• On September 7, FHFA announced that the government sponsored enterprises (GSES or Enterprises), Fannie Mae and Freddie Mac, will be required to submit Equitable Housing Finance Plans to the Agency by the end of 2021. The plans will aim to identify and address barriers to sustainable housing opportunities, including the GSEs’ goals and action plans to advance equity in housing finance for the next three years. FHFA released a Request for Input (RFI) on the Enterprises Equitable Housing Finance Plans that is due on October 25. FHFA also held a listening session on September 28 soliciting additional input from stakeholders. Speakers detailed several recommendations for FHFA to enhance the plans, as well as other actions FHFA and the GSEs might take to combat the racial homeownership gap and possible fair lending violations, including focuses on targeted down payment assistance, reviewing and reassessing loan level pricing adjustments (LLPAs), and additional changes to the GSEs’ final capital rule than those that were proposed by FHFA in September 2021 among others.
  • On September 14, the FHFA and the U.S. Department of the Treasury suspended certain provisions added to the Preferred Stock Purchase Agreements (PSPAs) with Fannie Mae and Freddie Mac on January 14, 2021. In the announcement about the suspended provisions, Acting Director Sandra Thompson said, “this suspension will provide FHFA time to review the extent to which these requirements are redundant or inconsistent with existing FHFA standards, policies, and directives that mandate sustainable lending standards.”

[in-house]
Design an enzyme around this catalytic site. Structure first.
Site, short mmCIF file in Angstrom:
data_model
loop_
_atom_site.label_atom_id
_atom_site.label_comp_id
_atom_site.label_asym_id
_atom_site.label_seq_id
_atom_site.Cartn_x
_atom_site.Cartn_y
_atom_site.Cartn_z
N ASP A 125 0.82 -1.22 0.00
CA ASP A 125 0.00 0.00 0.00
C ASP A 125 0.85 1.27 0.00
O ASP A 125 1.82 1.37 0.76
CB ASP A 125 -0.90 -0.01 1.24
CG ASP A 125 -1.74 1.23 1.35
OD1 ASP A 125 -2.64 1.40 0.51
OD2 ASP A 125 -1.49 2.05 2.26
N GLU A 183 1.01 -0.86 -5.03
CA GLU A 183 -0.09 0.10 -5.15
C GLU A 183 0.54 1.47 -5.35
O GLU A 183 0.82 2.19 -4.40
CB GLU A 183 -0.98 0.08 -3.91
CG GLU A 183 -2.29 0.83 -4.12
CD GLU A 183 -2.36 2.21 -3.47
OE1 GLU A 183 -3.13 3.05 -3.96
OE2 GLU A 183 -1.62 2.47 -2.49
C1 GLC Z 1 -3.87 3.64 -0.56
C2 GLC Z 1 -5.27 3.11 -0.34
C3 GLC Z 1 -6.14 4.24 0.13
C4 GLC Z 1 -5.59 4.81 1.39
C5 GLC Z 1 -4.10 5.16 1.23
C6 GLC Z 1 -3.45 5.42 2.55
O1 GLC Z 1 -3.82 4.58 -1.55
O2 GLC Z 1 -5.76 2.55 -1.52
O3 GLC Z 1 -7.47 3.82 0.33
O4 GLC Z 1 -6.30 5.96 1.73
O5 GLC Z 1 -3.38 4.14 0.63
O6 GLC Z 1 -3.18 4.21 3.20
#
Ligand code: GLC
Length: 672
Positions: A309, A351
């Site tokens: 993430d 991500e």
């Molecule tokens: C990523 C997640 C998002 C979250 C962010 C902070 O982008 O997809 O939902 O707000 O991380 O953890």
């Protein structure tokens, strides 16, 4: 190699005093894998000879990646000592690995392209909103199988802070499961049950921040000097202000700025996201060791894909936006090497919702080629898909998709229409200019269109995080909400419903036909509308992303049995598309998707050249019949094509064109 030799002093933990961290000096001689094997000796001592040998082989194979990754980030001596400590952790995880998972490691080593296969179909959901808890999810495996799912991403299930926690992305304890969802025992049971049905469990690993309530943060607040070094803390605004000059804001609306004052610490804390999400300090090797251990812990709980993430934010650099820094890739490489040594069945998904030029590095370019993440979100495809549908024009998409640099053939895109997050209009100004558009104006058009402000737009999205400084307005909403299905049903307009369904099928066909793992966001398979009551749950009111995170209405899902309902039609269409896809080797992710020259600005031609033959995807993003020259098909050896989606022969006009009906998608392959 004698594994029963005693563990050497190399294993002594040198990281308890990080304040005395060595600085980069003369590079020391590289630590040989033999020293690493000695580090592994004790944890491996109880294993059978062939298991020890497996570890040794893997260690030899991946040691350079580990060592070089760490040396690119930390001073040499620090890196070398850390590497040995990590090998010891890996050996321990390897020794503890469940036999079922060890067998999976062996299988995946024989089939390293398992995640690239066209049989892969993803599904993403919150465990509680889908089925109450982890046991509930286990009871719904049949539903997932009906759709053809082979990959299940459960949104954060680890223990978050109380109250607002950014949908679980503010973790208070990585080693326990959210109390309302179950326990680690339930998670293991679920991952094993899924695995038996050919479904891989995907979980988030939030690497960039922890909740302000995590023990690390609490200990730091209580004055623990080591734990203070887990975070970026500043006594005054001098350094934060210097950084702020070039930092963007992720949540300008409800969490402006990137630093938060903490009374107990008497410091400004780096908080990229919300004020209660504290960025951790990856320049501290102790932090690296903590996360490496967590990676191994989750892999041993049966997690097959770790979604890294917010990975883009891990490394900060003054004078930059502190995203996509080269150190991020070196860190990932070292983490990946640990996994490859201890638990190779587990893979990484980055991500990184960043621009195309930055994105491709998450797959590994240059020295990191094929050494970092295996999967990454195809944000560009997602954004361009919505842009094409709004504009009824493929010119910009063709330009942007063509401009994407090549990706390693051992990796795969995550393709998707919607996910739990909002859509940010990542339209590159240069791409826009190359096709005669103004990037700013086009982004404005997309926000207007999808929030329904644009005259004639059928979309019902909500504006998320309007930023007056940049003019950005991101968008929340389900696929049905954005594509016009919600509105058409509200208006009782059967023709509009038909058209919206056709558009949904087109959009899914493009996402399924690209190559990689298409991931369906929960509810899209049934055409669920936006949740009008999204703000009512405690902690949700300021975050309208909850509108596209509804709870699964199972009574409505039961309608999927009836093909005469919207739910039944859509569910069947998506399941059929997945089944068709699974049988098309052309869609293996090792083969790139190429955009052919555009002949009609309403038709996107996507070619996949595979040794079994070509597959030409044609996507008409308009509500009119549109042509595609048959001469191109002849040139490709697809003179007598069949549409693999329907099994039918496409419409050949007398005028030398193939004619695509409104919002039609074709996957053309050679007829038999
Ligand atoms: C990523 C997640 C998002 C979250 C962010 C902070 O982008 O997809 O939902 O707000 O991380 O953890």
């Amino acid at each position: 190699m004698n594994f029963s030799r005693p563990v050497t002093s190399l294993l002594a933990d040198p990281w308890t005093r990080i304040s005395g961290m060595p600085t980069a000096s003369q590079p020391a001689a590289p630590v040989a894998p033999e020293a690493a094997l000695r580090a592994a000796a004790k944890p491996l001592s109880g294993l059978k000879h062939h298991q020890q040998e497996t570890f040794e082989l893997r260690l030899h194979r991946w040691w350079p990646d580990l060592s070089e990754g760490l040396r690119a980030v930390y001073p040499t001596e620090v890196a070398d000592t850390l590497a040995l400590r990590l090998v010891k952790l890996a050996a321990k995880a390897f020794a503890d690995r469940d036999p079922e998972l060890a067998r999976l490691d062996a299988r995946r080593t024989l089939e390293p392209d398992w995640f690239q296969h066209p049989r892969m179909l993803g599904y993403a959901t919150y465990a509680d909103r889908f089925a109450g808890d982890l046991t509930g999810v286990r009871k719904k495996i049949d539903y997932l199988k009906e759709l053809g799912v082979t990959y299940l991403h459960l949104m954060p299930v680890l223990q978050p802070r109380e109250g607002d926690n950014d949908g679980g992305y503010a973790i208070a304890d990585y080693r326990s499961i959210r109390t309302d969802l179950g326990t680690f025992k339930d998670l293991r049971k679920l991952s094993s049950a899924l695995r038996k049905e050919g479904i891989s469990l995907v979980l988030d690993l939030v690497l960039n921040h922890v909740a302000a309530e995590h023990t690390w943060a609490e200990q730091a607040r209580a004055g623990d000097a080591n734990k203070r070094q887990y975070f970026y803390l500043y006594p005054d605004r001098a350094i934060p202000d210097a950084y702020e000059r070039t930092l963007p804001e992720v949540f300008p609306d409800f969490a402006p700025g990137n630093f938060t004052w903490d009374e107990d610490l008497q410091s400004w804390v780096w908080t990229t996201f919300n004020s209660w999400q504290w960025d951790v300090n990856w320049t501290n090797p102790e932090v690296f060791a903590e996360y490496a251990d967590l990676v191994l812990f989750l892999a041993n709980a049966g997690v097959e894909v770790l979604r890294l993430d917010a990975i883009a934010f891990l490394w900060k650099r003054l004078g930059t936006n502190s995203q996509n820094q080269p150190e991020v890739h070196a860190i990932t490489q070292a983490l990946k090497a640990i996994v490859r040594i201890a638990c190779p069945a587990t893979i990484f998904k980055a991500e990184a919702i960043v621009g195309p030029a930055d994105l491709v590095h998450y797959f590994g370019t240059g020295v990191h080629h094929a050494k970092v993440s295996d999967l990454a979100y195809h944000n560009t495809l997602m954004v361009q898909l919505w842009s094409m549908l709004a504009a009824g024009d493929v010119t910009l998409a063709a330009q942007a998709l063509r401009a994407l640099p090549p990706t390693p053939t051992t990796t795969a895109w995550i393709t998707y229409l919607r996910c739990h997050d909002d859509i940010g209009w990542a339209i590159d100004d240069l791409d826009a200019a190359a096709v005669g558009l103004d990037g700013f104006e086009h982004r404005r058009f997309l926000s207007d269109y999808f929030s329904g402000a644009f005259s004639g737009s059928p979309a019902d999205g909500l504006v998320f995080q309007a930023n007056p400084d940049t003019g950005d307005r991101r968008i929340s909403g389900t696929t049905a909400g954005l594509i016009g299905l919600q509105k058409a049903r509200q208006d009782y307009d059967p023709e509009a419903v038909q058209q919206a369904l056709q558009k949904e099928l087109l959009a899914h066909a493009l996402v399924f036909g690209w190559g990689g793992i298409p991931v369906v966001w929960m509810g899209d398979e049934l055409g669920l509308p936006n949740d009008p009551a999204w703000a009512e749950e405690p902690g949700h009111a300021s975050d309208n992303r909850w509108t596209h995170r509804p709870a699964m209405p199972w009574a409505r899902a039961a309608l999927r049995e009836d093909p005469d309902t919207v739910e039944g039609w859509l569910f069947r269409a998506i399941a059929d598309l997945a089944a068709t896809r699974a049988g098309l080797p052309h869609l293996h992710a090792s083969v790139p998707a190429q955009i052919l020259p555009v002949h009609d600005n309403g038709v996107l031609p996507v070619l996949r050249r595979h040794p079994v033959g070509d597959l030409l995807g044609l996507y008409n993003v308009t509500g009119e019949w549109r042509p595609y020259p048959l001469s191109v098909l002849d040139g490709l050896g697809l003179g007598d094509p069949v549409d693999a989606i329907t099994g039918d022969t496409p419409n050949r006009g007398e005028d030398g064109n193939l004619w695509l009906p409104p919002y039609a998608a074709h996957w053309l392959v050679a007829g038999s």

• Lastly, on September 15, FHFA announced that it is seeking comment on a Notice of Proposed Rulemaking (NPRM) that would amend the Enterprise Regulatory Capital Framework (ERCF) for Fannie Mae and Freddie Mac. The proposed amendments would “refine the prescribed leverage buffer amount (PLBA) and the capital treatment of credit risk transfers (CRT) to better reflect the risks inherent in the Enterprises’ business models and to encourage the distribution of credit risk from the Enterprises to private investors.”

On August 31, 2020, USMI submitted a comment letter on FHFA’s Proposed Rule on ERCF emphasizing the importance of constructing a balanced, transparent, and analytically justified post-conservatorship capital framework for the GSEs.